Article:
I’ve spoken of laundry partners before (I just can’t remember the date, otherwise I’d link to it). When you live in an apartment building, and it’s time to wash your clothes, there’s often one other person (or more, but that’s much rarer) starting the wash cycle in the laundry facility at just the moment you are. From there, you come to meet a half hour later, when the washer is finished, and then another hour later when the dryer is done. Most times, this is an awkward affair because you have to either establish an invisible boundary of obliviousness and complete silence, or come up with something original to say for every rendez-vous. On a normal day, I hate having a laundry partner.
Today’s half-partner (as he was starting his wash as I was starting my dry) was a repeat character from the other time I wrote an entry similar to this (as stated, date unknown) — an elderly gentleman from down the hall on my floor who I know only as Pick 3 Box, because that’s what he buys at my store when he’s in.
“I can’t get the darn washer to take the toonie…” he griped. I had noticed earlier that a couple of the washers had the same problem so I offered him two loonies in exchange. From there he thanked me, tried it, and told me the loonies worked out just fine, in the way that older people use the word ‘fine’ to mean ‘great’. He then told me he was in a rush because his wife, whom I’ve known for a while is very ill, is having a visit from the doctor today. She’s down to 65 lbs from 140. They have her taking morphine for her pancreas. He said he finds himself frustrated a lot lately, despite the optimistic look on his face he wore as he said this. He also mentioned that they’ve been together nearly 60 years.
Now, nobody ever finds that as impressive as I do. But more people really should. Who gets married with the intention of actually sticking through problems anymore, what with the availability of all the internet dating sites? Who actually talks through their issues, and what kind of sap wouldn’t just condescend and demean the person they love, because (replacement) love is just so easy to come by?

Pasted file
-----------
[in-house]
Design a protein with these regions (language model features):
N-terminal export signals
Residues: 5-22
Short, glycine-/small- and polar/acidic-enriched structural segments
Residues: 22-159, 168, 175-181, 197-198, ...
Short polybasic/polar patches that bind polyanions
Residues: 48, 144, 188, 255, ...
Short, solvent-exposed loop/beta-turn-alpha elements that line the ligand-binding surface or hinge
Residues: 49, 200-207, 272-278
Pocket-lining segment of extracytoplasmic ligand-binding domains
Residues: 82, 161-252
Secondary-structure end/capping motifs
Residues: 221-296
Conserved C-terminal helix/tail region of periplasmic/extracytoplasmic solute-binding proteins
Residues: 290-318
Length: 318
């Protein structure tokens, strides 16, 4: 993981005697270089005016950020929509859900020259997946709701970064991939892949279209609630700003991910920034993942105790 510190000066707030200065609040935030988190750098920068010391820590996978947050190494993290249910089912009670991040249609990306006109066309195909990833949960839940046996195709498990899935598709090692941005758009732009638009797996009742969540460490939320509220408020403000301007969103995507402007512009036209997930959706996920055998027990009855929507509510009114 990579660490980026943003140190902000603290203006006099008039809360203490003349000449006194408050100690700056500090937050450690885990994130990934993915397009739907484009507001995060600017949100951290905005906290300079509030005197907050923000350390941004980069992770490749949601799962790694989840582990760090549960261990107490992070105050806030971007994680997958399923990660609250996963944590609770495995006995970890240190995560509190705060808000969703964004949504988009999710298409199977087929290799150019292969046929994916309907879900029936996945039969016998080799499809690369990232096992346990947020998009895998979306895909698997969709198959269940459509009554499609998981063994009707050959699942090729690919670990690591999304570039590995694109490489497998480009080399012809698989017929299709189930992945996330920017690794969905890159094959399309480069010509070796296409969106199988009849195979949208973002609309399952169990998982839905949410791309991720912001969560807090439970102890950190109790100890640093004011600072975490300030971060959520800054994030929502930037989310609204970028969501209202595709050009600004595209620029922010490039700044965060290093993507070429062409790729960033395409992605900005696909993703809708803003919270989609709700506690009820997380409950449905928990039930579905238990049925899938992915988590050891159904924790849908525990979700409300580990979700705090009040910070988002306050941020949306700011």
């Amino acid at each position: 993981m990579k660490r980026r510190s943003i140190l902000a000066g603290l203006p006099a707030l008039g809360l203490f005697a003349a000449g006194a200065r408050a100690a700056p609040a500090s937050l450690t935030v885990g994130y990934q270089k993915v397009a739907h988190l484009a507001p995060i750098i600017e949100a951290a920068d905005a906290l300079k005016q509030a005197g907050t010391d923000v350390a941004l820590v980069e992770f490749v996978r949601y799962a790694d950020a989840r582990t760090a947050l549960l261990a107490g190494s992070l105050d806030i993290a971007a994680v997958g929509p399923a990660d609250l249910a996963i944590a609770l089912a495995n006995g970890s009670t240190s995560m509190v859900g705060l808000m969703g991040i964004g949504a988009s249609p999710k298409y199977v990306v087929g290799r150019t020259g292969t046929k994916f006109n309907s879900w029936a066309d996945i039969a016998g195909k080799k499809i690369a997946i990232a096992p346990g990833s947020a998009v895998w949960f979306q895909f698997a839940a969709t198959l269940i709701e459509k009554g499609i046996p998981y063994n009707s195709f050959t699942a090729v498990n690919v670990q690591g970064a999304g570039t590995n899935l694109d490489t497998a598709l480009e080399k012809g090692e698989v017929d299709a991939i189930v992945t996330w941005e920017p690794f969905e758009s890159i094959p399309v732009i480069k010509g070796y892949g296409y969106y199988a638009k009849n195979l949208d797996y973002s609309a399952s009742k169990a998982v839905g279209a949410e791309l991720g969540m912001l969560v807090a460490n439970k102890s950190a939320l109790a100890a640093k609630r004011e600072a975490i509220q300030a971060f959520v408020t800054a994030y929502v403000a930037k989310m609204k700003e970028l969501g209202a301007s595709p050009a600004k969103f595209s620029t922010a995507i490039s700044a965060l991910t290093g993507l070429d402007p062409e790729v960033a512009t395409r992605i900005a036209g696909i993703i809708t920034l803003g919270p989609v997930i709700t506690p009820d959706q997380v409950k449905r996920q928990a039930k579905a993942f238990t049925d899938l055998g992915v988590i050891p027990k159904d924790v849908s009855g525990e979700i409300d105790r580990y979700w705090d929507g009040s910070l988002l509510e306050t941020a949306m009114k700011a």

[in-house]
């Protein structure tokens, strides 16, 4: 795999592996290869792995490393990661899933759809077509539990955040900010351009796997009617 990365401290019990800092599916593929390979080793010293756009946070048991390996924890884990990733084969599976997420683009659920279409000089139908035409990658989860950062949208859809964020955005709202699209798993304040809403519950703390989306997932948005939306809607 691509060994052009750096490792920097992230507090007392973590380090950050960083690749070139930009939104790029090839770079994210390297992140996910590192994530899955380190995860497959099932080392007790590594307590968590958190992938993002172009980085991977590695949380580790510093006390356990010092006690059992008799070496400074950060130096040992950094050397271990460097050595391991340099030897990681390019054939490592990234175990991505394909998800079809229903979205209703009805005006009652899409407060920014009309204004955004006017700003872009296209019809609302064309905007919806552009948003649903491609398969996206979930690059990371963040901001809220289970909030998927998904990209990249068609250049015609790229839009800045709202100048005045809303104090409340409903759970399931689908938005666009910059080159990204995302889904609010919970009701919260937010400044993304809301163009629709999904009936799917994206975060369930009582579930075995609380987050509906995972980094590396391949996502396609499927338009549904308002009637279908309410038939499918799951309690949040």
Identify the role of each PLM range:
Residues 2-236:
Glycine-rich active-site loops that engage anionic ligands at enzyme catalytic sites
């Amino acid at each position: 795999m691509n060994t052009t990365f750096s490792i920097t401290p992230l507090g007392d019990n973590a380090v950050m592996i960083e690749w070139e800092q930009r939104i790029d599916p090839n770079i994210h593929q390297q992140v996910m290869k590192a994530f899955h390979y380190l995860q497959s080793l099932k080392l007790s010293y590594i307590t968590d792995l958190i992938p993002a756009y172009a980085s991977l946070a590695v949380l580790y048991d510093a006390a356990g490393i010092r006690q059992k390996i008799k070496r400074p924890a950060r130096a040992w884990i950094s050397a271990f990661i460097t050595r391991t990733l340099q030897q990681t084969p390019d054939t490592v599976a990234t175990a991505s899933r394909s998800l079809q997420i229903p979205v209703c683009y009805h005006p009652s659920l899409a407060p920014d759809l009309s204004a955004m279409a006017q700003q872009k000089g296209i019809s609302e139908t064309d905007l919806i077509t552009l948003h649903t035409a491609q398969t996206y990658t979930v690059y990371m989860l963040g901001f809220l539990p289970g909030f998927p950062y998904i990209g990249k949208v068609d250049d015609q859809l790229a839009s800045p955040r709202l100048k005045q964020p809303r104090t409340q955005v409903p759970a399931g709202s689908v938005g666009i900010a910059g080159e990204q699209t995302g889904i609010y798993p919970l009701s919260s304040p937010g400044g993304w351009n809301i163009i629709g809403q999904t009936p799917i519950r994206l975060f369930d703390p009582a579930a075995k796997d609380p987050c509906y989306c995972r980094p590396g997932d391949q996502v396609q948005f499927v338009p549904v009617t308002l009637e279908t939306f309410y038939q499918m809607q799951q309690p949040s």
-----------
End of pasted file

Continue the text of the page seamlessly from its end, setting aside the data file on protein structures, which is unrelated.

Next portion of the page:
Incredible. Sixty years. A man, whose emaciated, weakened wife only really knows his name anymore after her meal replacement, still loves her and makes every effort to understand, empathize, be sensitive to her condition, despite every frustration that he can’t wake up and talk to her and hold her the way he did for more than half a century.
Some people die tragically in war-torn countries. Some people kill themselves because the breakfast they’ve eaten morning-after-morning for 40 years just doesn’t taste right anymore. Some people die alone in a car accident immediately after a fight with someone close to them. And sometimes, once in a rare while, people die after being fortunate enough to have spent 60 years with someone they loved and having made every last effort.
I hope everything works out for those two.
I’ll probably be the breakfast one.